File perl-Inline.spec of Package perl-Inline

#
# spec file for package perl-Inline
#
# Copyright (c) 2015 SUSE LINUX GmbH, Nuernberg, Germany.
#
# All modifications and additions to the file contributed by third parties
# remain the property of their copyright owners, unless otherwise agreed
# upon. The license for this file, and modifications and additions to the
# file, is the same license as for the pristine package itself (unless the
# license for the pristine package is not an Open Source License, in which
# case the license is the MIT License). An "Open Source License" is a
# license that conforms to the Open Source Definition (Version 1.9)
# published by the Open Source Initiative.

# Please submit bugfixes or comments via http://bugs.opensuse.org/
#


Name:           perl-Inline
Version:        0.80
Release:        0
%define cpan_name Inline
Summary:        Write Perl Subroutines in Other Programming Languages
License:        Artistic-1.0 or GPL-1.0+
Group:          Development/Libraries/Perl
Url:            http://search.cpan.org/dist/Inline/
Source0:        http://www.cpan.org/authors/id/I/IN/INGY/%{cpan_name}-%{version}.tar.gz
Source1:        cpanspec.yml
BuildArch:      noarch
BuildRoot:      %{_tmppath}/%{name}-%{version}-build
BuildRequires:  perl
BuildRequires:  perl-macros
BuildRequires:  perl(Test::More) >= 0.88
BuildRequires:  perl(Test::Warn) >= 0.23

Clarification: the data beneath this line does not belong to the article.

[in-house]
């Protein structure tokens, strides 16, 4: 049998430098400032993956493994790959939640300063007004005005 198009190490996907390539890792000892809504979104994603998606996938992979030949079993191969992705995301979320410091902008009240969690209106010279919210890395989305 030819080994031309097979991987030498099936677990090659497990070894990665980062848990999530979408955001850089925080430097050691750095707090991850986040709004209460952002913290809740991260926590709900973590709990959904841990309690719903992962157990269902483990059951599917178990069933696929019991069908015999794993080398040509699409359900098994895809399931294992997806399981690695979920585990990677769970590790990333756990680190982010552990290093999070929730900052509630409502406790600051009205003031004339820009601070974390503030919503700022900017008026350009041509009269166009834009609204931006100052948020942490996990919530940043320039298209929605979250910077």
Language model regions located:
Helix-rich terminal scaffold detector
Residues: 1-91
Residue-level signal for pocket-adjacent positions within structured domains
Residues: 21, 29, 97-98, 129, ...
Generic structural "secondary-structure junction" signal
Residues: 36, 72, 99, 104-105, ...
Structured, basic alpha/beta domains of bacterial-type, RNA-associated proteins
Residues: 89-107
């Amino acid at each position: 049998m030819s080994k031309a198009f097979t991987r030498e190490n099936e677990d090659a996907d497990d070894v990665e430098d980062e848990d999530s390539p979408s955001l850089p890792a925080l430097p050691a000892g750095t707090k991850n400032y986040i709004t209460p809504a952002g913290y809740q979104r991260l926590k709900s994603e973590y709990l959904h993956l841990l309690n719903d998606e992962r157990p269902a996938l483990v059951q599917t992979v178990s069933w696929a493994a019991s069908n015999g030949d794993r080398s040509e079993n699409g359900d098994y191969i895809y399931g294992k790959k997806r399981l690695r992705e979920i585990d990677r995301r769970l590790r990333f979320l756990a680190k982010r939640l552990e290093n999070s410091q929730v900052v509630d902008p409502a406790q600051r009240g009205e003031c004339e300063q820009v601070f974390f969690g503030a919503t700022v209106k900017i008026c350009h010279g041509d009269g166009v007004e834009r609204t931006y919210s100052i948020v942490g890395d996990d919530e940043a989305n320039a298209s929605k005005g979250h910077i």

%{perl_requires}
# MANUAL BEGIN
Requires:       gcc
Requires:       make
Provides:       perl-Inline-C = 0.20
Obsoletes:      perl-Inline-C < 0.20
# MANUAL END

%description
The Inline module allows you to put source code from other programming
languages directly "inline" in a Perl script or module. The code is
automatically compiled as needed, and then loaded for immediate access from
Perl.

Inline saves you from the hassle of having to write and compile your own
glue code using facilities like XS or SWIG. Simply type the code where you
want it and run your Perl as normal. All the hairy details are handled for
you. The compilation and installation of your code chunks all happen
transparently; all you will notice is the delay of compilation on the first
run.

The Inline code only gets compiled the first time you run it (or whenever
it is modified) so you only take the performance hit once. Code that is
Inlined into distributed modules (like on the CPAN) will get compiled when
the module is installed, so the end user will never notice the compilation
time.

Best of all, it works the same on both Unix and Microsoft Windows. See the
Inline- Support manpage for support information.

%prep
%setup -q -n %{cpan_name}-%{version}
find . -type f -print0 | xargs -0 chmod 644

%build
%{__perl} Makefile.PL INSTALLDIRS=vendor
%{__make} %{?_smp_mflags}

%check
%{__make} test

%install
%perl_make_install
%perl_process_packlist
%perl_gen_filelist

%files -f %{name}.files
%defattr(-,root,root,755)
%doc Changes CONTRIBUTING example LICENSE README

%changelog